THERE appears a need clarify to the status of various versions of the Draft Law on
the Khmer Rouge tribunal, as some confusion may result from the Phnom Penh Post October
27-November 9, 2000 article "KR tribunal secrecy denounced"by Anette Marcher
and the Post's release on to the Internet of a text described as reflecting "the
changes agreed upon by United Nations Undersecretary-General Hans Corell and the
Minister of the Council of Ministers Sok An on July 7 2000".
The texts released by the Phnom Penh Post on the Internet of the Draft Law and of
the draft Memorandum of Understanding (or Articles of Cooperation) differ in a number
of points from those presented by Mr Hans Corell on July 7. It should also be noted
that the July 7 texts could not possibly have been endorsed at the negotiations,
as meetings were held only on July 5 and 6.
Both texts of the Draft Law from the July negotiations have a cover letter stating
clearly that they are the text which "the UN and the Cambodian delegations have
agreed to work on", and neither bears the signature of the parties as agreed
documents. The Royal Government of Cambodia still considers the January draft endorsed
by the Council of Ministers to be the official version under discussion by the National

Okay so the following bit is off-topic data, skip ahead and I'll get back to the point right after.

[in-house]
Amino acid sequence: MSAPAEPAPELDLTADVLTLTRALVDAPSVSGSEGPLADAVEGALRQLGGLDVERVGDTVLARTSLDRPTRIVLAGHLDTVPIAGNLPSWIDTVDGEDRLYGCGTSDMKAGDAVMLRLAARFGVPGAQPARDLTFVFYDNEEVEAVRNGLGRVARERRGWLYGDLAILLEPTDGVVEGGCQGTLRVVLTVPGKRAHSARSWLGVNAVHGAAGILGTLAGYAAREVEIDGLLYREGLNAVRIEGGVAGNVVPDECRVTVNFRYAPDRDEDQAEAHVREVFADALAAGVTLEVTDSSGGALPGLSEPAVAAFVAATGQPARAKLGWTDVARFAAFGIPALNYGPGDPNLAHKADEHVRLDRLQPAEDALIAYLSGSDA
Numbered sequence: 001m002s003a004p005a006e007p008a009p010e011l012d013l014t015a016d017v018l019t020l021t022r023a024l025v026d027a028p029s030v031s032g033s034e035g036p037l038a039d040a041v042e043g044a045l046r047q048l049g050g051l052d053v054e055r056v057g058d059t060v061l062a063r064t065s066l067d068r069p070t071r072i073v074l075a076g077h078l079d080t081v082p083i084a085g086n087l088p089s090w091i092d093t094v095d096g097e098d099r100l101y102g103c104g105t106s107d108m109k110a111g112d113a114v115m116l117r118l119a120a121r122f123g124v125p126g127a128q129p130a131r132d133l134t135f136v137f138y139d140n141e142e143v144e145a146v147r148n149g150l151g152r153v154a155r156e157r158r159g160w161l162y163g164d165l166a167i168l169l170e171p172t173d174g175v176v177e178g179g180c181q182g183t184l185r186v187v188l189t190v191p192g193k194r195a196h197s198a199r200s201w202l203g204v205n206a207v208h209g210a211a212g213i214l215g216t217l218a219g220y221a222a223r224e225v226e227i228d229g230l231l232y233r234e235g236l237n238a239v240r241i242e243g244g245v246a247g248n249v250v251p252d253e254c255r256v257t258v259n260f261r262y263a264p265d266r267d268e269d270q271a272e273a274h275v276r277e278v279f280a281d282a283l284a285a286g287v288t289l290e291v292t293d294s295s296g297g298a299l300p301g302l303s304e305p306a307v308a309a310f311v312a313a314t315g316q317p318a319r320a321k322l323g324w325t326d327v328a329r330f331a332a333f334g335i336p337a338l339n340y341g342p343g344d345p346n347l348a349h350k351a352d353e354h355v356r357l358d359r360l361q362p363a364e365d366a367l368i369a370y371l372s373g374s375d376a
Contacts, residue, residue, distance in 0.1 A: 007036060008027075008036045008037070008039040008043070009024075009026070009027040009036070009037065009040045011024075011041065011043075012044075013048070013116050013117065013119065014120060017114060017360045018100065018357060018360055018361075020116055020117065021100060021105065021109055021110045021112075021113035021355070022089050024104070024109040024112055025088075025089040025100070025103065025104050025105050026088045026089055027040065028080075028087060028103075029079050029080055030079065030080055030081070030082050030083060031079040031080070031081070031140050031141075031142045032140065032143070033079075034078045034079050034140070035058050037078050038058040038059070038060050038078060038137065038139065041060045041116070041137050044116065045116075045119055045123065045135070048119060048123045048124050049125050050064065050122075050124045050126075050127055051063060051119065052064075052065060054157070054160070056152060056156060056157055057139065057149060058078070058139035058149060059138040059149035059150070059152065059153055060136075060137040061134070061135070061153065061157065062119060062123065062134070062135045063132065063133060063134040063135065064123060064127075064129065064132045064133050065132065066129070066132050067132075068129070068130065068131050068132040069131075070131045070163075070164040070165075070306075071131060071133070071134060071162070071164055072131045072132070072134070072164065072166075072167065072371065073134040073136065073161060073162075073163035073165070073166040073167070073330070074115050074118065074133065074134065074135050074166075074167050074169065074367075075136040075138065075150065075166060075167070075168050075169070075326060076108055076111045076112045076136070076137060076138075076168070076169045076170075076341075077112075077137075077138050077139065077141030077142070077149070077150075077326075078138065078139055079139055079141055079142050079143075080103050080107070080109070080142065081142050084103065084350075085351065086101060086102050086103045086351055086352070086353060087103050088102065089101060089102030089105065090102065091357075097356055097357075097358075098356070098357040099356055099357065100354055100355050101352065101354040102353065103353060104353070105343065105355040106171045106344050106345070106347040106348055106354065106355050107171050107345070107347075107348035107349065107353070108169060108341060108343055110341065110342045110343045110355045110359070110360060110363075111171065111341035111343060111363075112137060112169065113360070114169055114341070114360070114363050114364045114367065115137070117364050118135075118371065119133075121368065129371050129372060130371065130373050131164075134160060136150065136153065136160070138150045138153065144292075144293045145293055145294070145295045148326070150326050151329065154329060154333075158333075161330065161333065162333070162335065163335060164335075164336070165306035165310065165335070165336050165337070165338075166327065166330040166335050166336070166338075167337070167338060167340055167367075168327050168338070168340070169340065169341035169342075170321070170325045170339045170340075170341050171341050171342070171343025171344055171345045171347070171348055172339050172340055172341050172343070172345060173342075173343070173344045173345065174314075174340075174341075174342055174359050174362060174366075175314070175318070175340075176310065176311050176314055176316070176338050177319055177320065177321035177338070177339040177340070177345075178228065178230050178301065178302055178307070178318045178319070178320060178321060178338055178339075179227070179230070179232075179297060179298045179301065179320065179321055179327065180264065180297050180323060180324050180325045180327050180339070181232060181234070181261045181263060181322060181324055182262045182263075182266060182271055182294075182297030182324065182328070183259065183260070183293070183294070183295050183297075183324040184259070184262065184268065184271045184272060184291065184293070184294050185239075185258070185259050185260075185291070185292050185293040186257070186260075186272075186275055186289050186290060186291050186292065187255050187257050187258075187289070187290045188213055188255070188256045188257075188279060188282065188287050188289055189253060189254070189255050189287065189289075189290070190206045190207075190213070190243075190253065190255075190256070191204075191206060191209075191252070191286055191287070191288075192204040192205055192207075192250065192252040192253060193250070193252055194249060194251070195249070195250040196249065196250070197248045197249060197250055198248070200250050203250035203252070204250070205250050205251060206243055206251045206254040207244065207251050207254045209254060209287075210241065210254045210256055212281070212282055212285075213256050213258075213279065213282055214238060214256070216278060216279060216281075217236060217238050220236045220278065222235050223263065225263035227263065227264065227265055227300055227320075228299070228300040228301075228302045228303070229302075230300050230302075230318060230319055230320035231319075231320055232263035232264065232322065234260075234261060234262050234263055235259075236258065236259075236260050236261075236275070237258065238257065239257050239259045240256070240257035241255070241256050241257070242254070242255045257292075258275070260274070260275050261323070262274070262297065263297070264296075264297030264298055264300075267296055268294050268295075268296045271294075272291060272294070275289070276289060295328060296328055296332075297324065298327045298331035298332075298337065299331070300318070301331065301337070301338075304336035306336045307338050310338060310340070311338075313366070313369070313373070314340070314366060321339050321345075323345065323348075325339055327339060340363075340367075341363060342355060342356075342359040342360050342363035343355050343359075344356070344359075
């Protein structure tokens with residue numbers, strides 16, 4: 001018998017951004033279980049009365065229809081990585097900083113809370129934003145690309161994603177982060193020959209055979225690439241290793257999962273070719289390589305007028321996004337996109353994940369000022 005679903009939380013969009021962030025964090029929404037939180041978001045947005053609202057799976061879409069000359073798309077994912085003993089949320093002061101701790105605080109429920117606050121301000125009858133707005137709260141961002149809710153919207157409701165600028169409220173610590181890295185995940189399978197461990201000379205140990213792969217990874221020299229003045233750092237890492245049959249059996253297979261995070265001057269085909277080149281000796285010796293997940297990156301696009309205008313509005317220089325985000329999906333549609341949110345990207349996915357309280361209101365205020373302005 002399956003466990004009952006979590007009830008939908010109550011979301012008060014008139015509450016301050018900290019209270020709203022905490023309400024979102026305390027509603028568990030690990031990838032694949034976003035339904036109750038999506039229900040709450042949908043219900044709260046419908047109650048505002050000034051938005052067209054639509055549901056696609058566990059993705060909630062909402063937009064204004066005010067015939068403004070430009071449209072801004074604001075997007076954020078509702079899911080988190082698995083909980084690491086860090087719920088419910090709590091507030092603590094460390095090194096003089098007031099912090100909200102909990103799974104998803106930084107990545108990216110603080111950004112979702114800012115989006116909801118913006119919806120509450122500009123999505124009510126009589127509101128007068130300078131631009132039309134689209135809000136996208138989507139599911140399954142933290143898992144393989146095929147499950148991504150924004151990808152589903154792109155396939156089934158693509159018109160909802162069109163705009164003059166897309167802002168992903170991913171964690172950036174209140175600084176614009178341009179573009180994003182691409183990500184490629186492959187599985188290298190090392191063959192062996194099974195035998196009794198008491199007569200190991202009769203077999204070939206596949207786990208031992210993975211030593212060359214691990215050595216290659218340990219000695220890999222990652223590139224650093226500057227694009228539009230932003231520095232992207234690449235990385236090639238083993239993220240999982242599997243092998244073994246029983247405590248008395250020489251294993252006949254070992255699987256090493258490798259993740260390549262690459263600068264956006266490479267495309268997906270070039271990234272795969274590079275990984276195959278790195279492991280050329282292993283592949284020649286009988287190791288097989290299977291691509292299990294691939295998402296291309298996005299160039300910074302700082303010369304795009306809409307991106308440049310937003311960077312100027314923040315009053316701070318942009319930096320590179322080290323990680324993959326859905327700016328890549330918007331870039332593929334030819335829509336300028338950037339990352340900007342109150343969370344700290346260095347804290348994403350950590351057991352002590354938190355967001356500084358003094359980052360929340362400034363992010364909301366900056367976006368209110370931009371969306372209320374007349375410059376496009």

Assembly together with a number of proposed amendments that have emerged over the
ensuing months, particularly those reached in the two further rounds of negotiations
with the UN.
During the July negotiations both parties agreed that they would not publicly release
any new texts precisely because these subsequent documents did not have any official
standing, and that the next step would be the release of the Law as eventually adopted
by the National Assembly, to be followed by the signing of The Articles of Cooperation
by both parties. At the four meetings so far held with the Legislation Commission,
Minister Sok An, Head of the Task Force, has been discussing article by article the
January text, along with the proposed amendments, points raised by members of the
Committee and also comments made by a range of other parties, including NGOs.
As to the charges of delay, like most other activities of the Cambodian Government,
these meetings with the Legislation Commission were suspended during the recent floods
and the parliamentary recess, but will soon resume, and the Prime Minister has on
several occasions stated that is one of the Government's top priorities in legal
It is to be hoped that further such misleading reports are not published, as they
do nothing but sow confusion and obstruct the proper procedures for drafting and
adopting an important and sensitive piece of national legislation that has deep implications
and significance for all Cambodians.
November 21, 2000